From Molecular pathology

Detecting beta-catenin mutations in desmoid-type fibromatoses

Next generation gene sequencing is a very impressive technology that has a lot of potential but is only just beginning to find its uses in diagnostic histopathology. Adrienne Flanagan and her team at University College London have published an excellent study on the use of next-gen sequencing in the detection of beta-catenin mutations in desmoid-type fibromatoses. The clinical importance of detecting these mutations is that they define the entity of desmoid-type fibromatoses which are locally aggressive and tend to recur when compared to non-desmoid fibromatoses. Prof. Flanagan and her team found that next-gen sequencing detected beta-catenin mutations with a sensitivity of 92.36% and a specificity of 100%. All the mutations that were detected by the older technology of enzyme digestion and polymerase chain reaction were also detected by next-gen sequencing but additional, probably clinical-relevant, mutations were discovered by the sequencing methodology. This study begins to show how next-gen sequencing will affect diagnostic histopathology in the next few years.

Oncotype DX and Magee equations

In histopathology we are always trying to improve ways of predicting prognosis in tumours, especially tumours like breast cancer where overall stage is similar amongst many tumours (i.e. node negative breast cancer). Simple methods on H&E sections have been very effective, the Nottingham prognostic index in breast cancer being an excellent example, but the advent of molecular pathology has led to the development of other methodologies. A commercially-available test for prognostication in breast cancer is Oncotype DX which analyses the activity of 21 genes in tumour tissue. Oncotype DX is licensed for use on patients with node-negative, ER-positive HER2-unamplified breast cancer and there are well-validated studies of its prognostic power. The problem, in both private and NHS healthcare systems, is that the test is relatively costly (about £2500 in the UK) and although NICE originally sanctioned its use the NHS declined to fund it (it may now be available on a loss leader basis from Genomic Health, the parent company).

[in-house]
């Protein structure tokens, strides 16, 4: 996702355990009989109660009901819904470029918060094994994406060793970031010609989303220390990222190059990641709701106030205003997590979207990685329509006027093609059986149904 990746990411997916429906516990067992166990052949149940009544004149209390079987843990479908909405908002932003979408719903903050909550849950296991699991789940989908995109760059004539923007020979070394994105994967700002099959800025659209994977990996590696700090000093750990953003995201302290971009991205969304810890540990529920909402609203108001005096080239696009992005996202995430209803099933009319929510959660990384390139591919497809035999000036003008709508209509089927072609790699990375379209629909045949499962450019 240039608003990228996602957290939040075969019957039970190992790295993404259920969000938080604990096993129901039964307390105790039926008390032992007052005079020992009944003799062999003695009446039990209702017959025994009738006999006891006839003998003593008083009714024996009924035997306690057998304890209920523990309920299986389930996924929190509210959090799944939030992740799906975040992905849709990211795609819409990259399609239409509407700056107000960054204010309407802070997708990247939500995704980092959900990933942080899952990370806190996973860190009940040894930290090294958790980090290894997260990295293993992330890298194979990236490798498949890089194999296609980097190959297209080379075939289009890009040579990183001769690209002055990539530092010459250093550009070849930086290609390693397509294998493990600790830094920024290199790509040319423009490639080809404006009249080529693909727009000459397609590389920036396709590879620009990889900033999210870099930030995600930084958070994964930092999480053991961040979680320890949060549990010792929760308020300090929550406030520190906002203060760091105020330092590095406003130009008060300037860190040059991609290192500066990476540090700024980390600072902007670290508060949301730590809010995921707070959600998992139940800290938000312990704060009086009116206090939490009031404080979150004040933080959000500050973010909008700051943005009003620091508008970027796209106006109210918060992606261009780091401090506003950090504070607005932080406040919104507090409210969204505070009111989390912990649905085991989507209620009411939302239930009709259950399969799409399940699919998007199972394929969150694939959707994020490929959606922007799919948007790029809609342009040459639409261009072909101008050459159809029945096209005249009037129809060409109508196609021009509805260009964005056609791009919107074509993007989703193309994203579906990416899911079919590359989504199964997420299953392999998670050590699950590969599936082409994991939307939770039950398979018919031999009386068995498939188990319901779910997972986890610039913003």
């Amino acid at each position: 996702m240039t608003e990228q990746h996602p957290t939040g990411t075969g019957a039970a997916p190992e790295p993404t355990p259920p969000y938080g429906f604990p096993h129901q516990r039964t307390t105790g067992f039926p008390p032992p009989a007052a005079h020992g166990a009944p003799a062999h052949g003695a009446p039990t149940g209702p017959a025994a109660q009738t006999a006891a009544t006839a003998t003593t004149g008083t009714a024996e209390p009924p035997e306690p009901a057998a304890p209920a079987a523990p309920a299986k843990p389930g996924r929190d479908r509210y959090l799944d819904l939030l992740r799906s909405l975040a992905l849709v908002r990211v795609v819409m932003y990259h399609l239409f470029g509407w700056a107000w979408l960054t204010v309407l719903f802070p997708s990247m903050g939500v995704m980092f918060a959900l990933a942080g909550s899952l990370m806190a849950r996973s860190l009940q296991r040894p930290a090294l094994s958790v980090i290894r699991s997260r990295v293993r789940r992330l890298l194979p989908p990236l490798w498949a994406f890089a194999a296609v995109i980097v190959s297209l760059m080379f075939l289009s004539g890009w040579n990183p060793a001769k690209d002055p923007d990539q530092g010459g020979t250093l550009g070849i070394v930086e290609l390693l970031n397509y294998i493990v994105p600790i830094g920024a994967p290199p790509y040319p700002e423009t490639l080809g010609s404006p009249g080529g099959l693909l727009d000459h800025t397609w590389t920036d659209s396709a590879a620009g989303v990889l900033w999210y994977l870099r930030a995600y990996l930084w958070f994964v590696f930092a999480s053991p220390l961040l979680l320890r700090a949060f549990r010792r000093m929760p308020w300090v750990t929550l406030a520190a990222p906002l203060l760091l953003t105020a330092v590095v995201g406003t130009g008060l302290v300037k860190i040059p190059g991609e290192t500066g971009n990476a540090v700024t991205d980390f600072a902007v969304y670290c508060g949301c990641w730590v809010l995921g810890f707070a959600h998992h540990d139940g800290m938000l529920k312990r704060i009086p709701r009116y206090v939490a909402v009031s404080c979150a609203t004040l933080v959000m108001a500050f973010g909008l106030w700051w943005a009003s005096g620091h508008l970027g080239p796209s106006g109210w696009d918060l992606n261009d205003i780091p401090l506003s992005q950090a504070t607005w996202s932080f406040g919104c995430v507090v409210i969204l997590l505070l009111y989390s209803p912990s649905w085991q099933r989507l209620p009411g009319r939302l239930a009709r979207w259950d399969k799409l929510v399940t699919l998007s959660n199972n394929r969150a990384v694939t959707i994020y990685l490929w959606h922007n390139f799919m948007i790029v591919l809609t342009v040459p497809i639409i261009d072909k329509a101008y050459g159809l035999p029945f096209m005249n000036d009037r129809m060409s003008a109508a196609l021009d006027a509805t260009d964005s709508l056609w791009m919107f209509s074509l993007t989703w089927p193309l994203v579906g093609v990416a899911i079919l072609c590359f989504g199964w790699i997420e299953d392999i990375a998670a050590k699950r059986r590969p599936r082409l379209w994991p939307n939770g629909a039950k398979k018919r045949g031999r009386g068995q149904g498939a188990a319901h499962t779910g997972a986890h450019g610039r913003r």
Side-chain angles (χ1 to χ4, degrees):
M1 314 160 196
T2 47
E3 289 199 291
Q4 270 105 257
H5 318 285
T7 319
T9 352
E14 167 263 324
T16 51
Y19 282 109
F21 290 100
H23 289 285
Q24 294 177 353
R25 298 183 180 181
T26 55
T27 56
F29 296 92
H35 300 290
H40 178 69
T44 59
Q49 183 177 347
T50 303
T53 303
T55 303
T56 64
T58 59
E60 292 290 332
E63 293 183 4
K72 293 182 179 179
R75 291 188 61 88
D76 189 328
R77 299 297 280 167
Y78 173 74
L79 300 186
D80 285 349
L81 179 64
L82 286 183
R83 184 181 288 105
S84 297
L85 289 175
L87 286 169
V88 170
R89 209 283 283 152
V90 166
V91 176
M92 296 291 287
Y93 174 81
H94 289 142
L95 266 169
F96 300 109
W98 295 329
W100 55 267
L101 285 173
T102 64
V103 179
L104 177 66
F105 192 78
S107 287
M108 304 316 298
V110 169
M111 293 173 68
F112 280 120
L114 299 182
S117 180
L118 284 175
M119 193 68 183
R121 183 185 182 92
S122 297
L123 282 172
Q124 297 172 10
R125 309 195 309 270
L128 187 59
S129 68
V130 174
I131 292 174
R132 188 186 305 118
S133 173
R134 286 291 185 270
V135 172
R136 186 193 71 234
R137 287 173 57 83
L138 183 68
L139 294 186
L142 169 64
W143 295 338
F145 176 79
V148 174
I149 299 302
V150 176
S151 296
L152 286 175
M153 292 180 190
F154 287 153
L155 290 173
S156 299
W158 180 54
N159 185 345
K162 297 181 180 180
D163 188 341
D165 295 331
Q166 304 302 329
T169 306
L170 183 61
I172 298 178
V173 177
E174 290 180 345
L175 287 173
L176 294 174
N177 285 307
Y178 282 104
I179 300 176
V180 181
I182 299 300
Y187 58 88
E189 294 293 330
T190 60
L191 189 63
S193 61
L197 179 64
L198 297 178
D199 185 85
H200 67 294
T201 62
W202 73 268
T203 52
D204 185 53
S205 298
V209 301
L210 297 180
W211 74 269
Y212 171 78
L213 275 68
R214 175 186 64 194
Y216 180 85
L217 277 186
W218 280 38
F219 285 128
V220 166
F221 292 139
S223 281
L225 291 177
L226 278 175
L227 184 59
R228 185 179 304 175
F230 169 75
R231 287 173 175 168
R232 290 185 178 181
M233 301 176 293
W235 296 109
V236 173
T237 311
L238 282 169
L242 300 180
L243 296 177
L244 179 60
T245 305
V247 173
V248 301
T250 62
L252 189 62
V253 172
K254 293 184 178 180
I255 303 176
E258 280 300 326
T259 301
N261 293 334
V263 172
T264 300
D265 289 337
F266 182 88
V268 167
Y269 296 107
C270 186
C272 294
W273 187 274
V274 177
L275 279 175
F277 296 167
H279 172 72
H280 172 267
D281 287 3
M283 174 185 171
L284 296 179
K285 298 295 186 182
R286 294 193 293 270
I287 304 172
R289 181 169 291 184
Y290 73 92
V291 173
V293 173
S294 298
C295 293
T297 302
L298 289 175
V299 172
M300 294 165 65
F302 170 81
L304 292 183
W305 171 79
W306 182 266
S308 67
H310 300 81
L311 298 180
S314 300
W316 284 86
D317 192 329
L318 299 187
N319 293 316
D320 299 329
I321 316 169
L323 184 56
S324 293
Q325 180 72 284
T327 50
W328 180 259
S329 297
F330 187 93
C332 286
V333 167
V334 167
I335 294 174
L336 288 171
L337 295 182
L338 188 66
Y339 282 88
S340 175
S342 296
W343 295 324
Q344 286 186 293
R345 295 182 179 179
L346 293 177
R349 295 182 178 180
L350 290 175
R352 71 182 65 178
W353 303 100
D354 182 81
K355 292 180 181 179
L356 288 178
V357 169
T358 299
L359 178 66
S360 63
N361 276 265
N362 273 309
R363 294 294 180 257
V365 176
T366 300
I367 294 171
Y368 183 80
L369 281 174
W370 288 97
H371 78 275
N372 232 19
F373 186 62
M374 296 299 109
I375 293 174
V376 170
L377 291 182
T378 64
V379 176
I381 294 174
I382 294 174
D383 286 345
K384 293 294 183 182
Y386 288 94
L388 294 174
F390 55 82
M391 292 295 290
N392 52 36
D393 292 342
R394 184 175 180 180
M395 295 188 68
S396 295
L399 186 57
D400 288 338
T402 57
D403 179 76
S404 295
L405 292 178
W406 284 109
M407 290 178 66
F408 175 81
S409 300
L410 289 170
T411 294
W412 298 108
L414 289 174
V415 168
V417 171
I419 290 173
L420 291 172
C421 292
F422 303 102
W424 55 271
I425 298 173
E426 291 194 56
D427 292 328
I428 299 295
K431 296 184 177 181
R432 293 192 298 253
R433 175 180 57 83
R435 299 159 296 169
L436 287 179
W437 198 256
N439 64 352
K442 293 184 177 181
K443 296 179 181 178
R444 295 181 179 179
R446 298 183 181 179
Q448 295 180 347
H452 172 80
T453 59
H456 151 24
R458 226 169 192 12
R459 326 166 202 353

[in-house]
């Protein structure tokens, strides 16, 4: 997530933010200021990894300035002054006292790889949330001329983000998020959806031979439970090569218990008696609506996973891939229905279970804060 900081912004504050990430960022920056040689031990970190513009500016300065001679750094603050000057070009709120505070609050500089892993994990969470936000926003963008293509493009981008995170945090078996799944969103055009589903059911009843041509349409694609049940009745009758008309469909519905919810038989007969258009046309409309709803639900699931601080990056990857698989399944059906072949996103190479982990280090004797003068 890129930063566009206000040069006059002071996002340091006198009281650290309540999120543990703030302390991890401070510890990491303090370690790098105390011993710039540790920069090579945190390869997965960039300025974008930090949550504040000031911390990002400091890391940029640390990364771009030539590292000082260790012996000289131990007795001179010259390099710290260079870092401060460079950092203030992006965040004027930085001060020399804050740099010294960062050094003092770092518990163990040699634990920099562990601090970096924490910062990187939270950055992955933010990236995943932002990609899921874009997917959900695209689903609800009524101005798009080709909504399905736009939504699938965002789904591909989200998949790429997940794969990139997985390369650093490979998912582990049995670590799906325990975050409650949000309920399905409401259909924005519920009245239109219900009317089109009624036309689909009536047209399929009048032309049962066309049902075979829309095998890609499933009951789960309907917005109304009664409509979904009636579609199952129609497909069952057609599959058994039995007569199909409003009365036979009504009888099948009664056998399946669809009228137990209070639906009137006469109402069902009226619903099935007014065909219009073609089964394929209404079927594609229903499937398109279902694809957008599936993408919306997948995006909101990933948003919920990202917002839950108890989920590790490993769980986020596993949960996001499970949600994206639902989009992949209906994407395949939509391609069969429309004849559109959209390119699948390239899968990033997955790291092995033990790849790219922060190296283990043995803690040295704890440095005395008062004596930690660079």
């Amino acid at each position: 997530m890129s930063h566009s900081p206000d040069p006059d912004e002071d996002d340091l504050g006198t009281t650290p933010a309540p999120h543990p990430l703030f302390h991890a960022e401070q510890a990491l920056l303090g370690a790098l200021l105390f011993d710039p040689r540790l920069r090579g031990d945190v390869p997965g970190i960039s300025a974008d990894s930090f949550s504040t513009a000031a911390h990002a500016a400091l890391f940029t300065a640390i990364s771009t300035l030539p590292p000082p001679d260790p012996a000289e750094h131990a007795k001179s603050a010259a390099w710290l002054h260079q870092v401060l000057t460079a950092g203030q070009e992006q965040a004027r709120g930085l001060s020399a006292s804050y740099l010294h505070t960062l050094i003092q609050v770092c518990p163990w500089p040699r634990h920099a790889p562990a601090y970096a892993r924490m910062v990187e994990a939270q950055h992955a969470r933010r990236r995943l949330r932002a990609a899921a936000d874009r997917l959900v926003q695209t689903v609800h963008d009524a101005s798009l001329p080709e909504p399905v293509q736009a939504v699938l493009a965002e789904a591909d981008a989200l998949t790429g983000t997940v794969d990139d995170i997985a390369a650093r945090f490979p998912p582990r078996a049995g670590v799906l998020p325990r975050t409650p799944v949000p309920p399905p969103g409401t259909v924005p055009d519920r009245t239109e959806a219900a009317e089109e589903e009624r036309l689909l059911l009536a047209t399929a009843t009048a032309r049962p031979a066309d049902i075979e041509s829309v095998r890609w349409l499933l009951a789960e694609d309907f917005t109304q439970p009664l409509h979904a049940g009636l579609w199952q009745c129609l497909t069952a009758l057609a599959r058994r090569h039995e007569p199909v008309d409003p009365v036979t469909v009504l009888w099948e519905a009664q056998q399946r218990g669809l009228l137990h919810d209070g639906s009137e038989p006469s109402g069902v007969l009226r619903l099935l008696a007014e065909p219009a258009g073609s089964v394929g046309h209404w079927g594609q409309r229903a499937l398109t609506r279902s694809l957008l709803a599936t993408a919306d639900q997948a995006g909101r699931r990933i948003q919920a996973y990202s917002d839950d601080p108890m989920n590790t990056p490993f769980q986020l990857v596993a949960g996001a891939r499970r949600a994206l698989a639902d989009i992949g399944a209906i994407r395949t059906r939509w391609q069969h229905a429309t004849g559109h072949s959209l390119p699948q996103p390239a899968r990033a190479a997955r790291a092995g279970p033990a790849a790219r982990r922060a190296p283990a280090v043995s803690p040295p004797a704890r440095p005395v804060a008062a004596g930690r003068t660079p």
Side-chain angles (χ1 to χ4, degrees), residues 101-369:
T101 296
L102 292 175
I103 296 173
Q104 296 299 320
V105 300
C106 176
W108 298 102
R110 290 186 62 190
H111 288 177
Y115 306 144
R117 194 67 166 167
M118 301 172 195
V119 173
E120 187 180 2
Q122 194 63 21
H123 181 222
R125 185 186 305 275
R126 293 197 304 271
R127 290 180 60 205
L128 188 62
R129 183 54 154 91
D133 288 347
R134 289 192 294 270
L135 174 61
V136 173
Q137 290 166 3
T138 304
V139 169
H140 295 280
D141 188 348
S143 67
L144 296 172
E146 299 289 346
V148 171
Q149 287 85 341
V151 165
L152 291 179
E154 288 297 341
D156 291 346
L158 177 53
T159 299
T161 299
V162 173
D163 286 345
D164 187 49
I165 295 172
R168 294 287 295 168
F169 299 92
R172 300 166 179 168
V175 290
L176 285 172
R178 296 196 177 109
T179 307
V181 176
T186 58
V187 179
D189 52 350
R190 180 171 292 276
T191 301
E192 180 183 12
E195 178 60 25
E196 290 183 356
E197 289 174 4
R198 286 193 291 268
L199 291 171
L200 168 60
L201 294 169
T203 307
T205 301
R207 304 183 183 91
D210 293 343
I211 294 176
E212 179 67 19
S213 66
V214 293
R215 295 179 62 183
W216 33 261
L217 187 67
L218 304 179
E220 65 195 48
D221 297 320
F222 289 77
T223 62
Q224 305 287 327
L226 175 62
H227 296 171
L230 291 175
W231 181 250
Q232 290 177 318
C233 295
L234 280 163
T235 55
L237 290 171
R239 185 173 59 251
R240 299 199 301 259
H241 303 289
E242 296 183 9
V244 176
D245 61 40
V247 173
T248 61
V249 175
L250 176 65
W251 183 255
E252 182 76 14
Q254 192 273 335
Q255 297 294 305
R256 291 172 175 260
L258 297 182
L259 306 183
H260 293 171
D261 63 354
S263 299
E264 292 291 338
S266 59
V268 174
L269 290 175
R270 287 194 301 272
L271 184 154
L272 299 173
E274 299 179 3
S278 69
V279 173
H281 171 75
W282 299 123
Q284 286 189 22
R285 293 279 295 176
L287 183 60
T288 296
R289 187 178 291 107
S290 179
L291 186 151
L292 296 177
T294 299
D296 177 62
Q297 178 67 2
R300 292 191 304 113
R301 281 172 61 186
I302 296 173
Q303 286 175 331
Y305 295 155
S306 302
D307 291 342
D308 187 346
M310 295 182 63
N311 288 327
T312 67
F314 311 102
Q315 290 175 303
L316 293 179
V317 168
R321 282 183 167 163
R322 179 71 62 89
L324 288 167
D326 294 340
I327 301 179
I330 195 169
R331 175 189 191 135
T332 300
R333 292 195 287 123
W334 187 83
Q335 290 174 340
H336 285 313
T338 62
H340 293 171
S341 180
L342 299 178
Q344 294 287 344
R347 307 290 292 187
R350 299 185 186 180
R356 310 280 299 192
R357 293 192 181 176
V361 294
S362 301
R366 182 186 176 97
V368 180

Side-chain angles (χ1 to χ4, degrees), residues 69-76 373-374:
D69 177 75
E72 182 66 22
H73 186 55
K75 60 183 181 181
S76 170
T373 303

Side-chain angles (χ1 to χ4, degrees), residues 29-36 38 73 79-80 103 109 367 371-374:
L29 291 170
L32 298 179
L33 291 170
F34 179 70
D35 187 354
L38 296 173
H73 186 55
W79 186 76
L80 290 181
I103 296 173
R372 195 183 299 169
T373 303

An interesting approach has been taken by the Department of Pathology at the University of Pittsburgh where they have ‘reverse engineered’ the Oncotype DX score using the readily available parameters of Nottingham prognostic index, ER, PR, HER2 and Ki67 staining. They sent over 800 samples for Oncotype DX and then used linear regression to derive equations that gave a surrogate ‘Oncotype DX score’ from the available parameters. They validated these equations on a further 200 cases and have made the equations available on a webpage. Interestingly they didn’t just use their equations to replace Oncotype DX but used them to screen out ‘obvious’ low and high recurrence risk cases and then sent the cases in the middle for Oncotype testing.

The problem with all of this type of prognostication is validation with large datasets. Although 800 cases to derive the equations and 200 test cases sounds a lot it really isn’t sufficiently large to prove entirely robust validation of the Pittsburgh equations. The correlation between the results from the Pittsburgh Magee equations and the real Oncotype score is statistically good but it isn’t perfect. Even the Oncotype DX validation studies do not have huge numbers with a total of 3707 patients in 5 separate studies (and one of those studies had a case control methodology) . I think the real value of these tests will only become apparent when clinical evidence has accumulated over a few more years.

Molecular testing on endoscopic gastrointestinal biopsies

As more molecular tests become available that stratify patients into different therapeutic groups it is likely that those tests will have to be performed on small endoscopic biopsies, especially where there is the possibility of neo-adjuvant therapy. As yet there have been few studies which have looked at the feasibility of this – do we need to ask endoscopists to take extra biopsies if they believe the lesion is a tumour? Should samples for potential molecular testing be sent in separate specimen bottles? In this month’s Histopathology Hieke Grabsch and colleagues review all the available published studies in this area. Their conclusions are that there is no hard evidence indicating an optimal number of biopsies to be taken if molecular testing is anticipated and whether these should be processed separately. In my experience of sending duodenal biopsies away for T cell receptor gene rearrangement studies (to detect refractory coeliac disease) the usual two or three standard endoscopic biopsies in formalin-fixed paraffin-embedded blocks are sufficient but obviously this might vary with the nature of the molecular test.